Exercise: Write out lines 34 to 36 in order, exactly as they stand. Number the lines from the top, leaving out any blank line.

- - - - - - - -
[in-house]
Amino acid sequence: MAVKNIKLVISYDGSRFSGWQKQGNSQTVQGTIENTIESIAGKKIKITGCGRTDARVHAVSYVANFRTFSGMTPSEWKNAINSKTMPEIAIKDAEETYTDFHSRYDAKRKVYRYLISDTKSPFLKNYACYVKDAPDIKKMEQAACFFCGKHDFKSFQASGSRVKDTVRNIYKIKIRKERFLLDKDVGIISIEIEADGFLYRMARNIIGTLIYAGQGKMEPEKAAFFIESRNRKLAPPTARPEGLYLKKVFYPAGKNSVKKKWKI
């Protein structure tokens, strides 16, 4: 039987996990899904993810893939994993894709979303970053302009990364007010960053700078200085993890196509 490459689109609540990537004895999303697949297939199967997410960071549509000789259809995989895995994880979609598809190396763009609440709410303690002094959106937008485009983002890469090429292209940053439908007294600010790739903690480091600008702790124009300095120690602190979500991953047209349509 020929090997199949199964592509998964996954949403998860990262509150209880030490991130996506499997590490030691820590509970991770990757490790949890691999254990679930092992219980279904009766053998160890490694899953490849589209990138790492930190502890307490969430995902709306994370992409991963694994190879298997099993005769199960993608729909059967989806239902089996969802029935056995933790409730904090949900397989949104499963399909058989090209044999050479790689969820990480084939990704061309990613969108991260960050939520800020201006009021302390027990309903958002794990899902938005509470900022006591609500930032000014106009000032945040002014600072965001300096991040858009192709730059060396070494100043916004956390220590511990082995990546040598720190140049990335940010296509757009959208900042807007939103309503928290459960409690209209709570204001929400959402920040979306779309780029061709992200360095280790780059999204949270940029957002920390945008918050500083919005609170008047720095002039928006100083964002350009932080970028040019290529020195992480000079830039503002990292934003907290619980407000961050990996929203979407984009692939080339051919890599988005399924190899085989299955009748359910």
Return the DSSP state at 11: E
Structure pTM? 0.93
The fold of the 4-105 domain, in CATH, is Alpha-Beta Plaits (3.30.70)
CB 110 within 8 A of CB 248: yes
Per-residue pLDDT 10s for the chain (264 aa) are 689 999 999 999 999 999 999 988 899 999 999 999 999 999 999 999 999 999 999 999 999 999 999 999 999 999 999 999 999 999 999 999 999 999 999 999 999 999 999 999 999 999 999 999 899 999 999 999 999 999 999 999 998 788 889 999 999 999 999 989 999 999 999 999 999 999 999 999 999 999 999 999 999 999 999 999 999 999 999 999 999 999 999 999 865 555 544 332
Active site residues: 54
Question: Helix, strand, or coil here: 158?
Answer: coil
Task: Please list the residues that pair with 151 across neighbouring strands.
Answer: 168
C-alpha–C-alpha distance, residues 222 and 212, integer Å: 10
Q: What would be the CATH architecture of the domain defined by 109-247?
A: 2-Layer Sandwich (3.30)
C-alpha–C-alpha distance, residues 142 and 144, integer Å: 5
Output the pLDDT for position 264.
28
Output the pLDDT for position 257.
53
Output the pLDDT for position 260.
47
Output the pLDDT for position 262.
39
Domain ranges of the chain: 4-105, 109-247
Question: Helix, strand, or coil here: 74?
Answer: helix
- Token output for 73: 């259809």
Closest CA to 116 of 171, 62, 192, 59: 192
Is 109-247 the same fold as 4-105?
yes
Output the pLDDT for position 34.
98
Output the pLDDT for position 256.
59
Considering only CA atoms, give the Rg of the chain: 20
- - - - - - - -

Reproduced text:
98
Output the pLDDT for position 256.
59